-- of which the private entity would take a significant portion.

Schwarzenegger has called the plan a "win-win" because if a private entity made the lottery more profitable, the entity would pay more corporate income tax to the state. Furthermore, a profit-sharing clause would be included in the handover of lottery operations.

According to an analysis provided to the state by Lehman Brothers, a worldwide investment firm based in New York City and a potential partner in the proposed private consortium, "If a private operator were to eventually improve performance beyond average national levels, profit sharing would then begin, though we think this is unlikely to occur for the early part of the lease.

Because private operators would earn profits in California, they would have to pay state corporate income taxes, which would generate $175 million immediately, $410 million by the end of the lease, and average $315 million in annual tax revenue during the 40-year concession.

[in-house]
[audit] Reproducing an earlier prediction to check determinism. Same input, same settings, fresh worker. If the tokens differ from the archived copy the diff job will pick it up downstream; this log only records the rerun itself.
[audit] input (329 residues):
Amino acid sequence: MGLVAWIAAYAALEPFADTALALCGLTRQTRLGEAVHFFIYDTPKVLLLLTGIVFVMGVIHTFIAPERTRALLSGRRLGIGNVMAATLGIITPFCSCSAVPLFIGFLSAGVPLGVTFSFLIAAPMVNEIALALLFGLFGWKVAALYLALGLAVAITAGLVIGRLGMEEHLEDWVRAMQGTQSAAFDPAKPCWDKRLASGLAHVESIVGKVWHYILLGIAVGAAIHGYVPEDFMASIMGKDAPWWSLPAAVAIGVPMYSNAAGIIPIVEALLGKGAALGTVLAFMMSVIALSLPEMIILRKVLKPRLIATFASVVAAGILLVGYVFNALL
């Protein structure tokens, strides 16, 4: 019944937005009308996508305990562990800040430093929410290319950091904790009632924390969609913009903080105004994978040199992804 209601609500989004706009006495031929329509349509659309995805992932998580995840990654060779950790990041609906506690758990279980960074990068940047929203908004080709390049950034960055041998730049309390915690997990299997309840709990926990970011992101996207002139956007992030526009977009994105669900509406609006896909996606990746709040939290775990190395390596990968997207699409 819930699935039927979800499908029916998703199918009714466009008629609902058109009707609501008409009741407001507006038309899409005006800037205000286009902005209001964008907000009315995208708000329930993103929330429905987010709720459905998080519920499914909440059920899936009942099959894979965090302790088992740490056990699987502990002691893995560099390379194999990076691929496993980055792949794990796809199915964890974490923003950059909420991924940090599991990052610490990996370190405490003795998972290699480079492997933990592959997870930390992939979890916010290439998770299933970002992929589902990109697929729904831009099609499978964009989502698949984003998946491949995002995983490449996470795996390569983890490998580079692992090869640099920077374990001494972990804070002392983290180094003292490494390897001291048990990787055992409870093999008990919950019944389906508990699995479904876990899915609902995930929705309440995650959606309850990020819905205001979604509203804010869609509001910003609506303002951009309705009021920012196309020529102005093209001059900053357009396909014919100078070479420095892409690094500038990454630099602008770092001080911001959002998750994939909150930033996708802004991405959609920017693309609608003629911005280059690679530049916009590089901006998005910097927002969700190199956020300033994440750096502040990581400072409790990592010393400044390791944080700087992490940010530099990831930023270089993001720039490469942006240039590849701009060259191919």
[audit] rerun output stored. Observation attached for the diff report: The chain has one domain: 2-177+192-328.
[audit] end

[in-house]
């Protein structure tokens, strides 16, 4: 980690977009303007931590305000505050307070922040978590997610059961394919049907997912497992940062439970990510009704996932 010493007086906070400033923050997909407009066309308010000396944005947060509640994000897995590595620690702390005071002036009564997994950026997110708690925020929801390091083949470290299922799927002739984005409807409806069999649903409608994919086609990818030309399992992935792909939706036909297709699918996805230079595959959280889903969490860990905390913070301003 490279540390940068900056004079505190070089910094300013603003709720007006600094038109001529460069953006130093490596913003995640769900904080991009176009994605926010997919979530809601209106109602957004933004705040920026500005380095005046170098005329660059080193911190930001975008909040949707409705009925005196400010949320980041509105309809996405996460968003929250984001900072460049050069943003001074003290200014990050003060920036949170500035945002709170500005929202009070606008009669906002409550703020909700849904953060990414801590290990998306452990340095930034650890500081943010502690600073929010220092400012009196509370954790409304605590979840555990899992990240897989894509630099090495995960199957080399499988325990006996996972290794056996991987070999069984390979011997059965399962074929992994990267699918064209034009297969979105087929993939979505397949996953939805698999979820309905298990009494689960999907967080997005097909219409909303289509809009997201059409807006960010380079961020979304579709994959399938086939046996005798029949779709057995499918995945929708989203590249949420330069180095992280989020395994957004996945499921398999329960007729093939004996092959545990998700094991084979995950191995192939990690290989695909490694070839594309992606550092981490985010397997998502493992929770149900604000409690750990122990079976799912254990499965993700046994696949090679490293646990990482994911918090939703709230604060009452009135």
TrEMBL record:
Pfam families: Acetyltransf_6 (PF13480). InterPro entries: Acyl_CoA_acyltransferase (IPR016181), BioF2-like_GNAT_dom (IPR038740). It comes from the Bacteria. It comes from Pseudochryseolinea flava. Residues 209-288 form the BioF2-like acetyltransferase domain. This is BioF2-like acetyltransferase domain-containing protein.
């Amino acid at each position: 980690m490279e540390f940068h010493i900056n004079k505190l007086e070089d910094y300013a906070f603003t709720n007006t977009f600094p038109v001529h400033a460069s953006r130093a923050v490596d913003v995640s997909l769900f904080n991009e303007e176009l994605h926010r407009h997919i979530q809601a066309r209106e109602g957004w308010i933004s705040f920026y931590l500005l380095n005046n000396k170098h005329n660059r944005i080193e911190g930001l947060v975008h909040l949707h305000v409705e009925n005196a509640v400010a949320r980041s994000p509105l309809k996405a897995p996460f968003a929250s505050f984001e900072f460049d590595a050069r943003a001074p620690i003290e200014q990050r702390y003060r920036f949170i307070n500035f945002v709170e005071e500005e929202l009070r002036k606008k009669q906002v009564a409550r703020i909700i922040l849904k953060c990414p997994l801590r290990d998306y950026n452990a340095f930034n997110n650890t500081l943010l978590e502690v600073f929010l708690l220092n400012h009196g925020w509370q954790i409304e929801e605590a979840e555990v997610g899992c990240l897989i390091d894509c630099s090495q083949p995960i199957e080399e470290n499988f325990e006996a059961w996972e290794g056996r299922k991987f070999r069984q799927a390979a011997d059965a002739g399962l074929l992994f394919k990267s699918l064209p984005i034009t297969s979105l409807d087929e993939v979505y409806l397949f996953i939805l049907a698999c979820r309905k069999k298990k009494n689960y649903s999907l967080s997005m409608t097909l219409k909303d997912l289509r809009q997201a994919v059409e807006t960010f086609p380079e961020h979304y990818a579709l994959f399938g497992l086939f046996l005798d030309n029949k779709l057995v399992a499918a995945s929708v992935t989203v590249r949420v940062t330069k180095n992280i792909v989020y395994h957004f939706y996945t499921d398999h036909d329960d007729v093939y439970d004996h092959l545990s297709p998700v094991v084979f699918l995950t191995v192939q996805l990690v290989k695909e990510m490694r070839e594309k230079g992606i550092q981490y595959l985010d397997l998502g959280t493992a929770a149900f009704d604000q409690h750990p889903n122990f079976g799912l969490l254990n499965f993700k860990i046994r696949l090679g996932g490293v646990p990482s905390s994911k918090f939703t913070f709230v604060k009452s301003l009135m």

A fact sheet prepared by the governor's office cites the California Lottery's long-term problems meeting expectations. The report noted that annual per capita spending on lottery products is $158 in states that have lotteries, and in the 10 most populous states, per capita spending is $190. In California, it's $81. Clearly, officials said, there is a lot of room to improve.

Not everyone is keen on handing over the reins of a multibillion dollar government program to some wealthy, unnamed group.

Jean Ross, executive director of the California Budget Project, a nonprofit fiscal and policy analysis organization, said the lottery tends to exploit the poor, and other means should be pursued to guide California out of its dire economic straits.

"I think it's appropriate to ask whether the state should be encouraging more Californians to gamble more of their money," Ross said. "In particular, we know that lower-income households are disproportionately likely to engage in gaming activities. Those are the Californians who have the toughest time making ends meet.

"California has what's called a structural budget deficit," Ross continued, "which means our expenditures exceed our revenues, and selling the lottery would be a one-time fix to an ongoing problem."

However, in a response to the governor's proposal, California Senate President pro tem Don Perata, D-Oakland, said he has no problem with the idea -- noting his objection to government being in the lottery business in the first place.

"Let's face it: The lottery is like an expanded bake sale. That's all it is: It's extra money ... I don't think we should be in that business to begin with."

Chad Vander Veen  | 

Chad Vander Veen is the former editor of FutureStructure.